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I have this question:

Let $Z\in M_{2\times2}(\mathbb{R})$ be defined as

$$Z = \left( \begin{align} 1 &&1\\1 &&1 \end{align} \right)$$

and consider $T: M_{2\times2}(\mathbb{R}) \to M_{2\times2}(\mathbb{R})$ such that $$T(X) = ZX$$

Determine a basis for $\ker(T)$

Now I have transformation matrix with respect to the order basis as:

$$\left[ \begin{align} 1&&0&&1&&0\\0&&1&&0&&1\\1&&0&&1&&0\\0&&1&&0&&1 \end{align} \right]$$

Not sure if that is helpful for this, but I don't know how to work it out.

Is $\ker(T) = \emptyset$ or just the identity? I feel like there is no $\ker$.

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    $\begingroup$ Do you know how to find the basis for the nullspace of a matrix? $\endgroup$ – Alex Wertheim Jun 25 '14 at 2:41
  • $\begingroup$ @AWertheim No I don't, should I just check wiki for nullspace basis? $\endgroup$ – Katie Jun 25 '14 at 2:42
  • $\begingroup$ Katie: that would be a good place to start, I think. :) This video may also be helpful: youtube.com/watch?v=qjkafy42CWg $\endgroup$ – Alex Wertheim Jun 25 '14 at 2:44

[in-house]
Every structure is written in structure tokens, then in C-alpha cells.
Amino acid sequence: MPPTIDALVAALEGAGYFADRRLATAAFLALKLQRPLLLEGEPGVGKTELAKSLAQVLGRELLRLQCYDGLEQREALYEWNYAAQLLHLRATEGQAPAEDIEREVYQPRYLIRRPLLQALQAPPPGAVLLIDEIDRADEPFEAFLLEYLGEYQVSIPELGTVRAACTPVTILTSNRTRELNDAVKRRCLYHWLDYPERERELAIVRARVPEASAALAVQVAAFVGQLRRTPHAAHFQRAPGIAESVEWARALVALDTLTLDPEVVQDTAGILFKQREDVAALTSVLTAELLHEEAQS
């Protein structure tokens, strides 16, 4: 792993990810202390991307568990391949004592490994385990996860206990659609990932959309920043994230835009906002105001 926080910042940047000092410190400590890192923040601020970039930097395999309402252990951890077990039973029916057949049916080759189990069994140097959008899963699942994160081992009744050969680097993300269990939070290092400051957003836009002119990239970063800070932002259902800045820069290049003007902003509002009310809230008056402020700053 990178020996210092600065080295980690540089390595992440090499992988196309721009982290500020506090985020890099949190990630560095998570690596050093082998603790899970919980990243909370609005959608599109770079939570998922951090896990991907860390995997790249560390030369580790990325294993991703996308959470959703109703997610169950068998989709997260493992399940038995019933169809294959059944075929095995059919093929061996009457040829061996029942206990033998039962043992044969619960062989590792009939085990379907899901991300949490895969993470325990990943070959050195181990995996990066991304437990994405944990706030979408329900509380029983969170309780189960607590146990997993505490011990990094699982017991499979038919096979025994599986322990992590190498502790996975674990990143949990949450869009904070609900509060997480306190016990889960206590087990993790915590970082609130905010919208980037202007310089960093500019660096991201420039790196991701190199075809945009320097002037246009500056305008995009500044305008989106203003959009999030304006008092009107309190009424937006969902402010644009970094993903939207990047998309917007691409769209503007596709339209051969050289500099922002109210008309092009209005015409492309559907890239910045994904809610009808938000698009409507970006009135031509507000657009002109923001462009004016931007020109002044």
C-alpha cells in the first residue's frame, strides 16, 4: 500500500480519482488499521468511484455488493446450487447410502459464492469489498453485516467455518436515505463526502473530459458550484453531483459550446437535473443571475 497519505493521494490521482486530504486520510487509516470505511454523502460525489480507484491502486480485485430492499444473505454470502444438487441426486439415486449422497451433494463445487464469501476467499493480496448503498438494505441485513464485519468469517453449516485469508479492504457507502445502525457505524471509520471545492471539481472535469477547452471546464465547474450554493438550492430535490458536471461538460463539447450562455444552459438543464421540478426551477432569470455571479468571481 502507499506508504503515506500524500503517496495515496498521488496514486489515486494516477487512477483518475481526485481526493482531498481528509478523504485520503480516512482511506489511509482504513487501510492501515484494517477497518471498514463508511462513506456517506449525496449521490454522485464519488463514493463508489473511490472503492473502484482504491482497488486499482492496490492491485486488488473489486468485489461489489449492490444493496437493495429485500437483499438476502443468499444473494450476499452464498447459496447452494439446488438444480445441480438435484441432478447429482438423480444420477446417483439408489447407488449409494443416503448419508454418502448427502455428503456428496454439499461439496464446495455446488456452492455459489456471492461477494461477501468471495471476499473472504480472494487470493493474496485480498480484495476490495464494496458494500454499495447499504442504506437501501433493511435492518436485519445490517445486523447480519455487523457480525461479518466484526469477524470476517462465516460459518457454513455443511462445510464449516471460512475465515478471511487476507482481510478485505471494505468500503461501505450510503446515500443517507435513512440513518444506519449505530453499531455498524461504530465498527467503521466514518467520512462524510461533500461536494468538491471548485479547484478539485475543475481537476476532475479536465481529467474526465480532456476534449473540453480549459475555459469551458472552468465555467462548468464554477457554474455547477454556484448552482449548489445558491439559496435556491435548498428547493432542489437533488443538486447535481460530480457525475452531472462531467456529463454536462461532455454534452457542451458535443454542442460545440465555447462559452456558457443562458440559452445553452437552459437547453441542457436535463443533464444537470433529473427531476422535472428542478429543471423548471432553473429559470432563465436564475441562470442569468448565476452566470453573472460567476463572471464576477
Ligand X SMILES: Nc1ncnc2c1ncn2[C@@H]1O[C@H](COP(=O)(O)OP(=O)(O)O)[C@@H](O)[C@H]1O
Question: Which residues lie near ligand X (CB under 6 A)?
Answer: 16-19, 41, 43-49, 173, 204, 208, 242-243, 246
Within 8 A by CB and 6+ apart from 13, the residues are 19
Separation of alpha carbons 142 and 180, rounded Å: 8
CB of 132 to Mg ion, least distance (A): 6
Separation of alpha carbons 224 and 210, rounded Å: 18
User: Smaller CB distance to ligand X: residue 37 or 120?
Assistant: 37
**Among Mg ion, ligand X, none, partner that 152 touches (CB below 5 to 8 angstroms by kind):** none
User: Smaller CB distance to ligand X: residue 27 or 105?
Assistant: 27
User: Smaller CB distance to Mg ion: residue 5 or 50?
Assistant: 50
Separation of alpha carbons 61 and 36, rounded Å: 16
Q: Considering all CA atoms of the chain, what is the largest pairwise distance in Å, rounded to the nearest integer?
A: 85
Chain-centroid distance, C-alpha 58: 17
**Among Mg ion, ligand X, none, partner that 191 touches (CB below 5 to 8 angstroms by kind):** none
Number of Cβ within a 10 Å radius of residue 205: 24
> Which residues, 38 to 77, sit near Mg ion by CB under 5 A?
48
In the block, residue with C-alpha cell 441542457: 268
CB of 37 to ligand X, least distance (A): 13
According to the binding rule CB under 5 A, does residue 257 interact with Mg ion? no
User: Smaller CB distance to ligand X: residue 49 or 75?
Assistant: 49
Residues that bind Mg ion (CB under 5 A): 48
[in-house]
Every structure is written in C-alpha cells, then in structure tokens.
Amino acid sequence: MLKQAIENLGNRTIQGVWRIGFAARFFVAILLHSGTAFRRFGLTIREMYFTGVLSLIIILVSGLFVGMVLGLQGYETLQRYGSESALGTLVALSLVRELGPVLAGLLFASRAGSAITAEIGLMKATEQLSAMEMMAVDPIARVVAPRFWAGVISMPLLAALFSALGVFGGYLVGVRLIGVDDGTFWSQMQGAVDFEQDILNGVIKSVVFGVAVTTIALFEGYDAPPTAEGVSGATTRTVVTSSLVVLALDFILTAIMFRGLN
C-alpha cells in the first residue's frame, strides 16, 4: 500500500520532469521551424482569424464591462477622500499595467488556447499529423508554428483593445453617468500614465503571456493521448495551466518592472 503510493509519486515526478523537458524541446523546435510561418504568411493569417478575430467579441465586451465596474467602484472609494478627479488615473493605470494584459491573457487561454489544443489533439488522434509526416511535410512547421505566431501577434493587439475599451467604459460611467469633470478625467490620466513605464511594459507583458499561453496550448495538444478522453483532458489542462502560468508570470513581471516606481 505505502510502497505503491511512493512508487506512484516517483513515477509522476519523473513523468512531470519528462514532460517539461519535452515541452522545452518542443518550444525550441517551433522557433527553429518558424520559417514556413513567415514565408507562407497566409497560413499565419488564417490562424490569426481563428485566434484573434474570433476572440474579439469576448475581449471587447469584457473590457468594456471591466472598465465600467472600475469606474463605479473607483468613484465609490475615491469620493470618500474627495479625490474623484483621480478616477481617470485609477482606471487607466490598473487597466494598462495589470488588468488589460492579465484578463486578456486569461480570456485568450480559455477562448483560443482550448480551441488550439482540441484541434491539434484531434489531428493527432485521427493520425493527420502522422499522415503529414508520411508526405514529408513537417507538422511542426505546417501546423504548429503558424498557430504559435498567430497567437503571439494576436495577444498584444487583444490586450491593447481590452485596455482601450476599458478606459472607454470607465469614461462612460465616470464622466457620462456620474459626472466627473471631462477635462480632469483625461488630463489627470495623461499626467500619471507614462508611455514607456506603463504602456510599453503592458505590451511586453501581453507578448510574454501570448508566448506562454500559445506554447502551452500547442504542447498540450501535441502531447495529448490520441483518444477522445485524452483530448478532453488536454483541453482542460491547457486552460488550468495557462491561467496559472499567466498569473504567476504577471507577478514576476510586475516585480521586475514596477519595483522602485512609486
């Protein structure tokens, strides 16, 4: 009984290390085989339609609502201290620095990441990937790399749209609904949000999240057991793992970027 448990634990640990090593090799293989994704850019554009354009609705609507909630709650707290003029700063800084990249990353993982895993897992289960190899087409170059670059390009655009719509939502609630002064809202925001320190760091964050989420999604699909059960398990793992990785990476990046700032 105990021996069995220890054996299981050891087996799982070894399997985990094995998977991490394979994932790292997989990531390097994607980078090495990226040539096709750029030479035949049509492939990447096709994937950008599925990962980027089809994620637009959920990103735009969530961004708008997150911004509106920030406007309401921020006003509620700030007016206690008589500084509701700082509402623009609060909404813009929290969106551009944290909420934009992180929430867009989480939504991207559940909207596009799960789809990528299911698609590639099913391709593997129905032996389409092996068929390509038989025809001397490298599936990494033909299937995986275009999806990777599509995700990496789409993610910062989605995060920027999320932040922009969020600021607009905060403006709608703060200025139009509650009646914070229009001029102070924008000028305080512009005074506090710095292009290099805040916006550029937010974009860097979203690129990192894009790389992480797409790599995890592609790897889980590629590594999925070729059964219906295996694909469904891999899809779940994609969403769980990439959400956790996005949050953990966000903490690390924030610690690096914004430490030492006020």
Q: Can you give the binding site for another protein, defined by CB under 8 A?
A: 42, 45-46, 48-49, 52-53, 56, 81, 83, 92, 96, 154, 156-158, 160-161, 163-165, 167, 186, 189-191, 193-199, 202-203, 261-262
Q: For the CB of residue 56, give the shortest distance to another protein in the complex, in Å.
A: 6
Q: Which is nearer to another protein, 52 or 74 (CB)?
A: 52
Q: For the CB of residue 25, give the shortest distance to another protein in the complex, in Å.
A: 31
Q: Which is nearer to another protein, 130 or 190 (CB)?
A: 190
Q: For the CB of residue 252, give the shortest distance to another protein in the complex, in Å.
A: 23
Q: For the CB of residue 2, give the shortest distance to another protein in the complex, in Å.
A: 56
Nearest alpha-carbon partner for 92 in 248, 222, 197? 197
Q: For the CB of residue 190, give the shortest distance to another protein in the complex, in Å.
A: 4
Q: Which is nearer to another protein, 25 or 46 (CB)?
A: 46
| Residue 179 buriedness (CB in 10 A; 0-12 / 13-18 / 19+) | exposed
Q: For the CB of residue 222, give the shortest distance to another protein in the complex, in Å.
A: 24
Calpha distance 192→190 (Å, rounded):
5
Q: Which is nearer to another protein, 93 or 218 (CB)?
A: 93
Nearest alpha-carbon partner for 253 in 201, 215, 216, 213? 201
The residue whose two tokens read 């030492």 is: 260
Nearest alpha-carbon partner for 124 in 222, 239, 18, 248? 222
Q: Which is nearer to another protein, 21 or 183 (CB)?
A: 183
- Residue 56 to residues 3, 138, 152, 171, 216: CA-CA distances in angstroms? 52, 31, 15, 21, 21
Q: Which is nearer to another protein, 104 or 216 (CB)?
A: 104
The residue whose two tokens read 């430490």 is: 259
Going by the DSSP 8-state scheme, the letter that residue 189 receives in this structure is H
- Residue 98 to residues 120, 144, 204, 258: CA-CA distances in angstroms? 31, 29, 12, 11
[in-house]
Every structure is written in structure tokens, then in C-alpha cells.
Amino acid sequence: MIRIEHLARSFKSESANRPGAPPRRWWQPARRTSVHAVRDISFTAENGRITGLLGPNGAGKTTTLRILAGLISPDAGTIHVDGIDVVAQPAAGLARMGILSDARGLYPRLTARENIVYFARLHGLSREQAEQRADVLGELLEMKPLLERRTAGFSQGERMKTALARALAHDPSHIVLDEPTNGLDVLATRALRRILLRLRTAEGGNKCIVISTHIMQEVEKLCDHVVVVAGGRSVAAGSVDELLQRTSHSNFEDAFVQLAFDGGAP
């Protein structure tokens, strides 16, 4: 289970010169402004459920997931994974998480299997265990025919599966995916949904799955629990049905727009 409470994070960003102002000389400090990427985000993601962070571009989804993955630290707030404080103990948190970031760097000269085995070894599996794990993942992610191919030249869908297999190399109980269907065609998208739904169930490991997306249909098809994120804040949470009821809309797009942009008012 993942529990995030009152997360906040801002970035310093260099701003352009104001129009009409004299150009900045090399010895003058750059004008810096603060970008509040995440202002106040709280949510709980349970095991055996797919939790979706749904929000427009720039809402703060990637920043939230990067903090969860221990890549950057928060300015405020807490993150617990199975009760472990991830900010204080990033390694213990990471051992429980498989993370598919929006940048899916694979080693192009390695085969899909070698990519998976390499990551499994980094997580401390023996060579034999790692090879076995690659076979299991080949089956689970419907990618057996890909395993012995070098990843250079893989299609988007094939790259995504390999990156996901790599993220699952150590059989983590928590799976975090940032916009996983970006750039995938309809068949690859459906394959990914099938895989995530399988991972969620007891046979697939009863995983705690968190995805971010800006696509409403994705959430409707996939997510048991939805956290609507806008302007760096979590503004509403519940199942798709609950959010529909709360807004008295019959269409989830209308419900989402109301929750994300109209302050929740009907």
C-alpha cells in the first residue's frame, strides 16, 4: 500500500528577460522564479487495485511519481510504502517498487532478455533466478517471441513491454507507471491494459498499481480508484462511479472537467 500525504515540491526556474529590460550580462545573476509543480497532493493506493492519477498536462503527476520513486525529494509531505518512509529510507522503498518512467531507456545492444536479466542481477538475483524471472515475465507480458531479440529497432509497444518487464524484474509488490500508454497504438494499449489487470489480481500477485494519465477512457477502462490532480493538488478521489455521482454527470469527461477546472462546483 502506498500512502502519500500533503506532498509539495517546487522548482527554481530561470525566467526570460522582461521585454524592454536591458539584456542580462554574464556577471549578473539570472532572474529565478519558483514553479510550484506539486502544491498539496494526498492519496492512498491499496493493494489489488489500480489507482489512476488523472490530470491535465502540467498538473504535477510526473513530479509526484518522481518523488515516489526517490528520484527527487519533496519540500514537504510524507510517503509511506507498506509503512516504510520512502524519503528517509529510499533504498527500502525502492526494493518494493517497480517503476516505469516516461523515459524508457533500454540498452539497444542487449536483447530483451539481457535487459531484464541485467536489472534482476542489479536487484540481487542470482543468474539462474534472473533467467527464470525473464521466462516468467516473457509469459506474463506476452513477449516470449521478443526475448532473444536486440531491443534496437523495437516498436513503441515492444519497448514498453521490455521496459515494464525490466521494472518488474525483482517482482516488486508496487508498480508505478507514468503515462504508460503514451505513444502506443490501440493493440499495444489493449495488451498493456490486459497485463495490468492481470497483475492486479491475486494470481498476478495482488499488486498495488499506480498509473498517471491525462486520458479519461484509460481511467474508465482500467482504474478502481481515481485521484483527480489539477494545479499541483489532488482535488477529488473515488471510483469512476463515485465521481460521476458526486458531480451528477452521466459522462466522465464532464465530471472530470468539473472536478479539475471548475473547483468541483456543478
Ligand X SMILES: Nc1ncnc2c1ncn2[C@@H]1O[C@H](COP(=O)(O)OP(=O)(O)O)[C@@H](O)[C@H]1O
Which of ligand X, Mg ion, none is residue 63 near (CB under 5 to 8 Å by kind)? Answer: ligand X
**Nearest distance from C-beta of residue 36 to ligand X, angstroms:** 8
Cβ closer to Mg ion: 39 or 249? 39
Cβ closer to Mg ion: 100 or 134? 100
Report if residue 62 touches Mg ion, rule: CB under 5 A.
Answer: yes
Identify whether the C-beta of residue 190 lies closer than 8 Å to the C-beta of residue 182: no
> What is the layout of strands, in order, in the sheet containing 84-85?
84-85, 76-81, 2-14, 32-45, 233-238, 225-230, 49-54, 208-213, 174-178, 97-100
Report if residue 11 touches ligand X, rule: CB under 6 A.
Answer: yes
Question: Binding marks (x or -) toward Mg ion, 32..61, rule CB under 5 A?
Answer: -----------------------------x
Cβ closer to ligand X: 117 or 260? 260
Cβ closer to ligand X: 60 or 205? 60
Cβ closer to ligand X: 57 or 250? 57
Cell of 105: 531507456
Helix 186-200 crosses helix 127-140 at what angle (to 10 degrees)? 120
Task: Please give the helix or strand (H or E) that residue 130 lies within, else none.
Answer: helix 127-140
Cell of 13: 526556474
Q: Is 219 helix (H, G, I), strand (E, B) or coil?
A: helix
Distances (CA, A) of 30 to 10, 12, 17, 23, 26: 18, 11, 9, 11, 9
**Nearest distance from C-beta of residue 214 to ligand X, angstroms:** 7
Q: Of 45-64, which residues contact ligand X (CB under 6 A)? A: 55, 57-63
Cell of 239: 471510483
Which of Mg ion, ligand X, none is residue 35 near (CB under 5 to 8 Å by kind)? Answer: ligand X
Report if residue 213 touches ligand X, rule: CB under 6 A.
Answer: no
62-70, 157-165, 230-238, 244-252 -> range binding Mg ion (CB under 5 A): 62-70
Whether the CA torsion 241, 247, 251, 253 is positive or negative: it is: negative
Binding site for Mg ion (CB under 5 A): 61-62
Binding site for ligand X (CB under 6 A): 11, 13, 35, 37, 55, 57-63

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    $\begingroup$ the kernel is two-dimensional: $$ \left( \begin{align} a &&b\\-a &&-b \end{align} \right) $$ $\endgroup$ – yoyo Jun 25 '14 at 3:26
  • $\begingroup$ @yoyo If you post an answer, I'll be glad to remove mine; I felt it necessary to add a correct answer along with the (accepted) wrong one. $\endgroup$ – egreg Jun 25 '14 at 15:56
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The kernel of $T$ is $$ \ker T=\{A\in M_{2\times2}(\mathbb{R}):T(A)=0\} $$ that is $ZA=0$. You can find it using the representing matrix with respect to the basis $\{E_1,E_2,E_3,E_4\}$ where $$ E_1=\begin{bmatrix}1&0\\0&0\end{bmatrix}\quad E_2=\begin{bmatrix}0&1\\0&0\end{bmatrix}\quad E_3=\begin{bmatrix}0&0\\1&0\end{bmatrix}\quad E_4=\begin{bmatrix}0&0\\0&1\end{bmatrix} $$ which is the matrix you wrote. Now row reduce it: $$ \begin{bmatrix} 1&0&1&0\\0&1&0&1\\1&0&1&0\\0&1&0&1 \end{bmatrix} \to \begin{bmatrix} 1&0&1&0\\0&1&0&1\\0&0&0&0\\0&0&0&0 \end{bmatrix} $$ which means that the solutions of the homogeneous system are generated by the vectors $$ \begin{bmatrix}-1\\0\\1\\0\end{bmatrix} \quad\text{and}\quad \begin{bmatrix}0\\-1\\0\\1\end{bmatrix} $$ Taking into account the meaning of the representing matrix, we can say that $$ \{-E_1+E_3,-E_2+E_4\}= \left\{ \begin{bmatrix}-1&0\\1&0\end{bmatrix}, \begin{bmatrix}0&-1\\0&1\end{bmatrix} \right\} $$ is a basis of the kernel of $T$.

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